October 26, 2011

{Wedding Memories & Dr. Seuss}

Dear Bride-To-Be:
You never know what your wedding guests will take away from your wedding. Of course, you're planning a ceremony of the heart for your rite-of-passage into marriage; an event filled with love and reverence and all you hold dear. And when you do that, your guests also take away something deeply moving and life changing for them as well!

Here is what author and counselor Arielle Ford wrote about being at her niece's recent wedding:

We just returned from Dallas where we attended the wedding of our niece Sarah and her beloved, Mark. It was a beautiful garden affair, at sunset, with a brass quartet and a very enthusiastic, loving and gracious minister.
The bride was stunning, the groom beaming, and one of the highlights of the ceremony for me was a recital of Sarah's all-time favorite Dr. Seuss poem that expressed the depth and the whimsy of the happy couple:
I will love you in the park, and I will love you in the dark.
I will love you through good or bad,
When you're happy and when your sad.
I will love you when you're rich or when you're poor and in a ditch
And I will have and I will hold,
Ten years from now a thousand fold.
And now we're here at this new start,
So I'll start by loving you with my whole heart.

Whatever poetic readings you choose for your wedding -- from Dr. Seuss to Shakespeare -- be sure you include your "whole heart" in all of your wedding plans so everyone involved gets to share the love!
Love. Listen. Let go.
...with love from Cornelia
[Photograph: Ian Grant]

October 19, 2011

{The Princess Bride & Her Tiara}

Dear Bride-to-Be:
Tiaras have been associated with brides since ancient Rome with their classical, elegant style. And “by the early 1300s a jeweled crown for a bride was a symbol of the marital state” of aristocratic women, according to Carol McD. Wallace in her book, All Dressed in White. Following Princess Elizabeth’s wedding in 1947—the future queen of Englandbeing a “princess bride” became the fashion and tiaras, of course, were the headpiece of choice even for “everyday” brides.

Although Diana Spencer wore an exquisite family heirloom tiara for her royal wedding in 1981, the bridal fashion for tiaras didnt catch on again until the late 90s. By the time Princess Dianas daughter-in-law, the lovely Kate Middleton, became a bride in the spring of this year wearing a borrowed diadem from the queens family collectiontiaras had been back in vogue for years. Something about that “princess bride” sensibility had captured the fancy of the times and went deep into the hearts of many brides.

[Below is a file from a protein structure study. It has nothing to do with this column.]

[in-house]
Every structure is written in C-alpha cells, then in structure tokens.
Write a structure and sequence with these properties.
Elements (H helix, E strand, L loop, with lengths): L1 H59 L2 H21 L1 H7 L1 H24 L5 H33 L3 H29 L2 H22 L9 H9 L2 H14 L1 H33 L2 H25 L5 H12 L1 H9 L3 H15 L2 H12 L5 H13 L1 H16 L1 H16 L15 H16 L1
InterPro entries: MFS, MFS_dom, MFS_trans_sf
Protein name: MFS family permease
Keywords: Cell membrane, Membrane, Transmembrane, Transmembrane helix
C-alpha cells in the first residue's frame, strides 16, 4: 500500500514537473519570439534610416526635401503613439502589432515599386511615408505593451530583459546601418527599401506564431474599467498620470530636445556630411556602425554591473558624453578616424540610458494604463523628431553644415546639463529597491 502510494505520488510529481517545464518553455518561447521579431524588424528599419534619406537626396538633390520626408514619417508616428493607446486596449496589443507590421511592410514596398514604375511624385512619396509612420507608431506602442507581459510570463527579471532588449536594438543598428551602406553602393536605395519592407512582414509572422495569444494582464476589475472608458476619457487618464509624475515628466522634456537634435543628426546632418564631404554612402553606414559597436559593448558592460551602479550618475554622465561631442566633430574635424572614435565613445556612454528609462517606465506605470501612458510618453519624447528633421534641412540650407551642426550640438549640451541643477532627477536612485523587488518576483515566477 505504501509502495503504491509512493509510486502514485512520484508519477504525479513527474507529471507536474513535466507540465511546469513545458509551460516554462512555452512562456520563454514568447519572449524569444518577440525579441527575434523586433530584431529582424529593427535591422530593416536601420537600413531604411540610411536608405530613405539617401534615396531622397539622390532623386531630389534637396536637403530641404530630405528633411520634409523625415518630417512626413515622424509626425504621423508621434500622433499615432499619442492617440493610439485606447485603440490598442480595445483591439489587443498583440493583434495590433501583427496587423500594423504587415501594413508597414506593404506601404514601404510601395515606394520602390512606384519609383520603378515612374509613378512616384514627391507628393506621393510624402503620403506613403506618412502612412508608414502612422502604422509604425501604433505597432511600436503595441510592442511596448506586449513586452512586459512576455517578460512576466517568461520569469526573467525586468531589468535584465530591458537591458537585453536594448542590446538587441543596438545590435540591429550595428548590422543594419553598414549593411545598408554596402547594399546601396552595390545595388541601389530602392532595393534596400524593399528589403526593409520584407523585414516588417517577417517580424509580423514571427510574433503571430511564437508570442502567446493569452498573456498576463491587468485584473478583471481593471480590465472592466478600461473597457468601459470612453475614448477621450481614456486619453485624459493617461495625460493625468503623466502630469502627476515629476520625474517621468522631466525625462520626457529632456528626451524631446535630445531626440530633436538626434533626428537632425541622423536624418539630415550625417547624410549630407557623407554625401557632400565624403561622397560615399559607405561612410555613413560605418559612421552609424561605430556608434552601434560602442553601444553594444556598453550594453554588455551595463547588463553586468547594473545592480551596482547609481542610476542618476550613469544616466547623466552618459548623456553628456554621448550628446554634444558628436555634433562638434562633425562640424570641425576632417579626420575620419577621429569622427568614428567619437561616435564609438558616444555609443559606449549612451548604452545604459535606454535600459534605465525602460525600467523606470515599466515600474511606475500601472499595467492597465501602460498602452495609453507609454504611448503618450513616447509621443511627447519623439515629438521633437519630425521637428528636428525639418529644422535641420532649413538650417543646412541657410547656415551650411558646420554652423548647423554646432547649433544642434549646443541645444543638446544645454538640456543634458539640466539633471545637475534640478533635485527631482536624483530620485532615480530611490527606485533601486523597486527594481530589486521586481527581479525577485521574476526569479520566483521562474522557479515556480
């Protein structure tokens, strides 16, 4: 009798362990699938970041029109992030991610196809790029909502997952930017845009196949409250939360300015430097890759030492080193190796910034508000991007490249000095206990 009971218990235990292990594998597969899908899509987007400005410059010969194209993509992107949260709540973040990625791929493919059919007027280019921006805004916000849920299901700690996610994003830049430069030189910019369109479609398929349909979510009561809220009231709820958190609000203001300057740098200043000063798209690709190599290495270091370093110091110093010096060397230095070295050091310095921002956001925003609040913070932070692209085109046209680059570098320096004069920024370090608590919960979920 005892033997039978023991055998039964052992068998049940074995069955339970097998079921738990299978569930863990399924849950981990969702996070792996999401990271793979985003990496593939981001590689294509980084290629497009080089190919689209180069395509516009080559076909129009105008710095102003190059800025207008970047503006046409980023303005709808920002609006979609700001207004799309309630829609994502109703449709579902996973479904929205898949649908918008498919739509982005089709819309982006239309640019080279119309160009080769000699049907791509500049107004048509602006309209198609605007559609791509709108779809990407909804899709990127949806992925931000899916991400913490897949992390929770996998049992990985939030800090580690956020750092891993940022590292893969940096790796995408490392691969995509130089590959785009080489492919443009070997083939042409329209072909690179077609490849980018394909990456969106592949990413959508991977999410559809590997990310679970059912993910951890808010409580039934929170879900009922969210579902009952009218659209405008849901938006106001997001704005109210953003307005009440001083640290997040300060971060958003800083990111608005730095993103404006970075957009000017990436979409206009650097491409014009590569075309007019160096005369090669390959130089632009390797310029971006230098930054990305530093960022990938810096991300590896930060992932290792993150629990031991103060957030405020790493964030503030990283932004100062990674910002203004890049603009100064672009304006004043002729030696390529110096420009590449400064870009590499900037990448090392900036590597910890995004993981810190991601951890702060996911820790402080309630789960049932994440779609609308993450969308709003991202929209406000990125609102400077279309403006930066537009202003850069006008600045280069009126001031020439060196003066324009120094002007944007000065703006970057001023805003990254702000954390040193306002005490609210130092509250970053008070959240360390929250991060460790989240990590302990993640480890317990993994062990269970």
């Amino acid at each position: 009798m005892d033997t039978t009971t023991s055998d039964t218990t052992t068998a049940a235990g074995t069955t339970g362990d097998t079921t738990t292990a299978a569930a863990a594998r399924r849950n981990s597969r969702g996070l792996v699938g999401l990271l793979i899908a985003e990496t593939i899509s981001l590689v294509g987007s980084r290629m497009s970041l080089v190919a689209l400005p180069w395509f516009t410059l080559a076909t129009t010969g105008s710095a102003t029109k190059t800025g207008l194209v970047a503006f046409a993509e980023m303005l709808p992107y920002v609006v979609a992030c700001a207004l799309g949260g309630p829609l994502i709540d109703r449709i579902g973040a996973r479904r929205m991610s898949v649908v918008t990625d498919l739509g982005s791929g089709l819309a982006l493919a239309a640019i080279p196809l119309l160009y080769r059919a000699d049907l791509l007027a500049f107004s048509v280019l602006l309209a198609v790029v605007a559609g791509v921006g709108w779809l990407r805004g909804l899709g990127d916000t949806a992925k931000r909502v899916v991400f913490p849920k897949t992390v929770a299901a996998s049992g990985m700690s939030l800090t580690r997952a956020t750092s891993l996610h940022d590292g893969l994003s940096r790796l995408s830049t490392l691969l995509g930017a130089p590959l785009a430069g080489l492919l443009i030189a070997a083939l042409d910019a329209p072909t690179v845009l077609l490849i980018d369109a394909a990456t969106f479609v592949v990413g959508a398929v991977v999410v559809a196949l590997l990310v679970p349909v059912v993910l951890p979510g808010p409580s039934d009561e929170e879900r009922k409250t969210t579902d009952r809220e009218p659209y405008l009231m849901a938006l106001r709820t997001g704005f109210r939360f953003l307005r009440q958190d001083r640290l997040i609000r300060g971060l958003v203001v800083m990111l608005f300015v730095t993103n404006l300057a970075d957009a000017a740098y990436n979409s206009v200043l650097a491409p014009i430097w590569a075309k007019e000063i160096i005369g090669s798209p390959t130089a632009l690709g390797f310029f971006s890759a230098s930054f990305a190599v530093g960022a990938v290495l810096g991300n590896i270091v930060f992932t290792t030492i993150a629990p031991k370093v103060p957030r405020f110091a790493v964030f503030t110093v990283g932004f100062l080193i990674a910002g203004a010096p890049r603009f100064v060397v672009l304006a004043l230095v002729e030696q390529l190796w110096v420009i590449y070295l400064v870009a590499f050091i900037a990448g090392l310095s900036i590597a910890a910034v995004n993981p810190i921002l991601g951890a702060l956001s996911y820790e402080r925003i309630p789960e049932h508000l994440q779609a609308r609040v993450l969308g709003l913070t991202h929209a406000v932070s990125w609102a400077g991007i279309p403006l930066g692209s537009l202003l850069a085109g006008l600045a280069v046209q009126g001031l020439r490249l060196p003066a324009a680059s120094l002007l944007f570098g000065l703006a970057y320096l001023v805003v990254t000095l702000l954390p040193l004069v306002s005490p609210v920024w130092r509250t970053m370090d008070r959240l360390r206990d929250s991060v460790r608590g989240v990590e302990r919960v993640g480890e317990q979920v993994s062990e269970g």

Whether you wear a diamond, paste or glass tiara; or a wreath of fresh flowers or just one fragrant rose tucked behind your ear; whether you wear a jeweled ornament, or a crown of vintage wax orange blossoms, or no headpiece at all when you are a bride; you wear a regal legacy!

Love. Listen. Let go.
....with love from Cornelia

ps: If you’d like to read more about princess brides and tiaras, click here to read a reprint of my article Tiaras and the Real Princesses.

October 12, 2011

{Bridal Gown as Art}

Dear Bride-To-Be:
Most brides put lots of attention on finding or creating the dress to wear for their wedding. Wearing it makes them feel beautiful...even looking at it makes them feel special!

Since the wedding dress takes such a beloved place in the hearts of brides, there are several ways to be sure that it remains special. And even have it be a work of art to enjoy long after the wedding ends.

Here are some creative ideas by wonderful artists:

Fashion illustrator Anne Underwood can create a lovely pencil, ink & pastel drawing of you in your wedding dress (from your favorite photograph.)

Photographer Dorothy O'Connor re-creates a wedding gown into a beautiful still-life image.

And if you want to preserve your gown yourself, click here for tips from assistant museum curator, Steven Rosengard.

After your wedding is complete -- settling back into your "un-bride" routine as well as adjusting to married life -- can be just as busy as the time planning your wedding. So before you let that lovely gown languish for too long on the back of a chair somewhere, be sure to have it cleaned and put away -- and perhaps even create a precious piece of art out of your memories.

Love. Listen. Let go.
...with love from Cornelia

October 5, 2011

{Choices of Your Heart}

Dear Bride-to-Be:
Wearing a wedding gown is so weird,” a bride was quoted in The Bride Revealed, a book by photographer Leslie Barton. It’s not like any other dress. I felt so grown-up and elegant in it. At the same time, it felt like a costume. Even during my wedding, when I saw my reflection, I was startled. Who is that?’ It’s such an important transformation, from the usual jeans and T-shirt to a formal wedding gown. I felt it strengthened the commitment, that what I said on this day would be with me for the rest of my life.”

This bride reveals something that you might soon find out for yourself. That your wedding gown, and all the other rituals you use for your wedding—the music, flowers, exchange of rings, even your vows—are all outward expressions of your inner self. They are a reflection of what you hold in your heart and meant to, as this bride said, “strengthen your commitment” to all you hold dear.

And you thought your wedding dress was only to make you look like a dream! It’s not only a transformation from jeans to formal gown,” but also a transformation of your heart—deepening your commitment to your best self. Make the things you choose for your wedding, choices of your heart.

Love. Listen. Let go.
....with love from Cornelia

[Photograph: Leslie Barton]